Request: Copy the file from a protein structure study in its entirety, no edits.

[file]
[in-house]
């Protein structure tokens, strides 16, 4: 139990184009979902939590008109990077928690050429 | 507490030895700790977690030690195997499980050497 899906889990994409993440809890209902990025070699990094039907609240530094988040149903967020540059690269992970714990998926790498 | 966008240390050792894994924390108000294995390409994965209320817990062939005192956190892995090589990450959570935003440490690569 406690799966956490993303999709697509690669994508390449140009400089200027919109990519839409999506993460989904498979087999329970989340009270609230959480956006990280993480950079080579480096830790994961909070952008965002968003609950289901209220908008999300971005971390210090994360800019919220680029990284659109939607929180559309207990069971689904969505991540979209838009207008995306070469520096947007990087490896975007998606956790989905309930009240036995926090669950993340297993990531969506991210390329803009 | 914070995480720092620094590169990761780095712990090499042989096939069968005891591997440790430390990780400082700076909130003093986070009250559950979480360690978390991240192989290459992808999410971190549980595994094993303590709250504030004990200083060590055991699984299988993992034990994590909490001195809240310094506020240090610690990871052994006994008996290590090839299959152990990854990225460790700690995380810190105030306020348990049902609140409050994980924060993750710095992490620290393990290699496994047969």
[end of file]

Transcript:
[in-house]
């Protein structure tokens, strides 16, 4: 139990184009979902939590008109990077928690050429 | 507490030895700790977690030690195997499980050497 899906889990994409993440809890209902990025070699990094039907609240530094988040149903967020540059690269992970714990998926790498 | 966008240390050792894994924390108000294995390409994965209320817990062939005192956190892995090589990450959570935003440490690569 406690799966956490993303999709697509690669994508390449140009400089200027919109990519839409999506993460989904498979087999329970989340009270609230959480956006990280993480950079080579480096830790994961909070952008965002968003609950289901209220908008999300971005971390210090994360800019919220680029990284659109939607929180559309207990069971689904969505991540979209838009207008995306070469520096947007990087490896975007998606956790989905309930009240036995926090669950993340297993990531969506991210390329803009 | 914070995480720092620094590169990761780095712990090499042989096939069968005891591997440790430390990780400082700076909130003093986070009250559950979480360690978390991240192989290459992808999410971190549980595994094993303590709250504030004990200083060590055991699984299988993992034990994590909490001195809240310094506020240090610690990871052994006994008996290590090839299959152990990854990225460790700690995380810190105030306020348990049902609140409050994980924060993750710095992490620290393990290699496994047969």